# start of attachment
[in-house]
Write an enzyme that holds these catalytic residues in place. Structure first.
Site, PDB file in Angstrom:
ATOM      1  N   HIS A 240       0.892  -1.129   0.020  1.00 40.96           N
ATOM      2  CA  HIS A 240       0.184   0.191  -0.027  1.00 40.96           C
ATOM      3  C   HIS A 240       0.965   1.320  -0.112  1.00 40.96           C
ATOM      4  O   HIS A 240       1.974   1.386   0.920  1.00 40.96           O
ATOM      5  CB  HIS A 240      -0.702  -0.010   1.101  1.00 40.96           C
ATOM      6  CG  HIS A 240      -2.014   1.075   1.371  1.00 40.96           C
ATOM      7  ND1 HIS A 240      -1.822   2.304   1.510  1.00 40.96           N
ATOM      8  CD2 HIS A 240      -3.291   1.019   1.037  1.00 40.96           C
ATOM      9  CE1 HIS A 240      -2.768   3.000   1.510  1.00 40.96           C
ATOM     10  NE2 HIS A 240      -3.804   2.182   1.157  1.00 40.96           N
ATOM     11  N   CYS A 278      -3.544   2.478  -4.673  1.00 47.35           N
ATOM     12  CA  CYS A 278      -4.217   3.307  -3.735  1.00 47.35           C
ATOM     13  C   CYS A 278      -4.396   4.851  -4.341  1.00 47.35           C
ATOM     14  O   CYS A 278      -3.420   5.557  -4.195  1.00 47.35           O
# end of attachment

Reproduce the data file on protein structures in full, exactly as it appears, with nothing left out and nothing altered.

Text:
[in-house]
Write an enzyme that holds these catalytic residues in place. Structure first.
Site, PDB file in Angstrom:
ATOM      1  N   HIS A 240       0.892  -1.129   0.020  1.00 40.96           N
ATOM      2  CA  HIS A 240       0.184   0.191  -0.027  1.00 40.96           C
ATOM      3  C   HIS A 240       0.965   1.320  -0.112  1.00 40.96           C
ATOM      4  O   HIS A 240       1.974   1.386   0.920  1.00 40.96           O
ATOM      5  CB  HIS A 240      -0.702  -0.010   1.101  1.00 40.96           C
ATOM      6  CG  HIS A 240      -2.014   1.075   1.371  1.00 40.96           C
ATOM      7  ND1 HIS A 240      -1.822   2.304   1.510  1.00 40.96           N
ATOM      8  CD2 HIS A 240      -3.291   1.019   1.037  1.00 40.96           C
ATOM      9  CE1 HIS A 240      -2.768   3.000   1.510  1.00 40.96           C
ATOM     10  NE2 HIS A 240      -3.804   2.182   1.157  1.00 40.96           N
ATOM     11  N   CYS A 278      -3.544   2.478  -4.673  1.00 47.35           N
ATOM     12  CA  CYS A 278      -4.217   3.307  -3.735  1.00 47.35           C
ATOM     13  C   CYS A 278      -4.396   4.851  -4.341  1.00 47.35           C
ATOM     14  O   CYS A 278      -3.420   5.557  -4.195  1.00 47.35           O